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ISPs enter the targeted ad game

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Ms. Cooper’s colleagues take up this issue in a Senate Commerce Committee hearing this week. After a recent scandal where British Telecom reportedly tracked user data without alerting its customers, Congress wants to iron out what American ISPs are allowed to monitor and how much they need to disclose.

Already, 70 percent of Web users are aware that their Internet footsteps may be tracked for advertising, according to a TrustE survey cited by CNET. Yet just 23 percent are comfortable with such online tracking, even if companies agree not to share the information.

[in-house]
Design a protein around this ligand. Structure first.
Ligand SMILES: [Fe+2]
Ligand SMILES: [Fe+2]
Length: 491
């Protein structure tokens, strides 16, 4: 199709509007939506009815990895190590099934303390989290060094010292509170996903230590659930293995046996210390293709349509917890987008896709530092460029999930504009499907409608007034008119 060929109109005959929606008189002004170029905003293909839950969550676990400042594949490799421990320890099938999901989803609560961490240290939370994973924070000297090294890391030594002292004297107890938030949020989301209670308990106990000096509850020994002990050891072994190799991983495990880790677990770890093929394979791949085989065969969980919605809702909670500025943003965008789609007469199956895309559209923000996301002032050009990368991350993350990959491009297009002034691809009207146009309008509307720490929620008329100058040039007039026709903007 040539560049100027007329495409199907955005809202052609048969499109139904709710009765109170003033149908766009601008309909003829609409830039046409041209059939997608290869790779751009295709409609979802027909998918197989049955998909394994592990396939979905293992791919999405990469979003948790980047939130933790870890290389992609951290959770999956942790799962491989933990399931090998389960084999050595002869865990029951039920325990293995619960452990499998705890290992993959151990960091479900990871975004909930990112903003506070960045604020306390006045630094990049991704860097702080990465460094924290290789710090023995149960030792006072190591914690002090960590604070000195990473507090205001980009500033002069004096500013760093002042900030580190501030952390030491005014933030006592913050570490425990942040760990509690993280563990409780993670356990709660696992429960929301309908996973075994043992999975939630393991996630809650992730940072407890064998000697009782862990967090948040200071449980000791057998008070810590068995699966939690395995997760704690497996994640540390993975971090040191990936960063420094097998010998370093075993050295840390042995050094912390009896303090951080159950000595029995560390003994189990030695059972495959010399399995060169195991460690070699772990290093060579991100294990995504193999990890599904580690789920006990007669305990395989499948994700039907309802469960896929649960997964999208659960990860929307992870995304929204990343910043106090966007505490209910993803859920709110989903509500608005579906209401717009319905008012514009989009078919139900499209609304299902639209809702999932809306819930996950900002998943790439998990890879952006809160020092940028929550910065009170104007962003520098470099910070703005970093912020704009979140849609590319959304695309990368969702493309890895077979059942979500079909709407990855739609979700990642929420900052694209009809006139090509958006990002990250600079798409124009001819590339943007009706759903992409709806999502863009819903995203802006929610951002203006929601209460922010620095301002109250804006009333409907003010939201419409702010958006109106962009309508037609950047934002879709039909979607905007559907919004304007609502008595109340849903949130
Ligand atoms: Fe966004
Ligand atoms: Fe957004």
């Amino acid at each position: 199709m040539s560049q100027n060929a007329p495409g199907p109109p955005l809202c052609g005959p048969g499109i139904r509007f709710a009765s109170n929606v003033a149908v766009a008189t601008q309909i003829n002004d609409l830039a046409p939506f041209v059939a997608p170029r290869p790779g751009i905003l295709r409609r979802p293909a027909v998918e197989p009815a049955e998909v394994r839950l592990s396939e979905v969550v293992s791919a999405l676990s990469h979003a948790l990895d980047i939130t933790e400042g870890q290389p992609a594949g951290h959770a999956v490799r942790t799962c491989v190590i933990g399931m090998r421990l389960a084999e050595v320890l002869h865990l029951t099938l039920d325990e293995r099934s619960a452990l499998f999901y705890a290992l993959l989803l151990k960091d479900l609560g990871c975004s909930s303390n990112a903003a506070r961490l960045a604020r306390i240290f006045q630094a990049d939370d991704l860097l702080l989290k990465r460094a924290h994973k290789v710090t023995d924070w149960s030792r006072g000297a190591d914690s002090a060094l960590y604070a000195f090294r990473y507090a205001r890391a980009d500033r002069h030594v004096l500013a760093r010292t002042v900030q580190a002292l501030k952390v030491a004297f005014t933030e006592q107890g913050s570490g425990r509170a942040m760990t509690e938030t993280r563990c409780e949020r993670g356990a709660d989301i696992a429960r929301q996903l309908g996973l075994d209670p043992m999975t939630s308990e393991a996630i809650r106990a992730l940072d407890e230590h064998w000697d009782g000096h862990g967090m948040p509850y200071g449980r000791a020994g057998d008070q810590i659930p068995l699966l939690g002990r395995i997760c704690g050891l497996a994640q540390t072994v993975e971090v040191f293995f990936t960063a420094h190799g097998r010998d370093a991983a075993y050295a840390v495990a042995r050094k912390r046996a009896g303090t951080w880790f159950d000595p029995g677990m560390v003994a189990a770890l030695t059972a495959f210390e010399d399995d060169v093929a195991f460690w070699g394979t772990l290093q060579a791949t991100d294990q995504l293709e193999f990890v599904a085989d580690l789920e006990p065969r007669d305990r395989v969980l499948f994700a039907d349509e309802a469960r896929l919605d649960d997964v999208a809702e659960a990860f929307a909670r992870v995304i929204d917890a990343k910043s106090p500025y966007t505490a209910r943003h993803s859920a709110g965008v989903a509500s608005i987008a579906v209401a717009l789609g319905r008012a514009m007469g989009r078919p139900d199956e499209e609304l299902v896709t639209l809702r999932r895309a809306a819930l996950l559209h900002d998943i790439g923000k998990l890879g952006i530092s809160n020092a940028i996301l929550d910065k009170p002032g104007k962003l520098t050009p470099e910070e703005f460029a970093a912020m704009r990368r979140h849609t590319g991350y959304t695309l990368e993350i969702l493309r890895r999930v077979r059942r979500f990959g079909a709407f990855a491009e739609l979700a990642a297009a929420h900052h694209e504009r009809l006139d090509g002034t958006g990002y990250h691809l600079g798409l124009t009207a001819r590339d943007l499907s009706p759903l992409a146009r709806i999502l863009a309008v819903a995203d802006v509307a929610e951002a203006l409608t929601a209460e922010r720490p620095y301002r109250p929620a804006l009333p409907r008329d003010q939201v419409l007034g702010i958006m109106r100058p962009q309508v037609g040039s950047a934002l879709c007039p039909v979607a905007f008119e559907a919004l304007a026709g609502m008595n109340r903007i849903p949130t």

Even if Web users accept some online snooping, few expect ISPs to be the culprits, says Wendy Seltzer, a follow at Harvard University’s Berkman Center for Internet and Society.

“There is a difference between going to a site that you know will be including advertising and going to an ISP who you expect to be a simple carrier,” she says. People can easily choose whether or not to use Google sites, but it’s much more difficult to switch ISPs.

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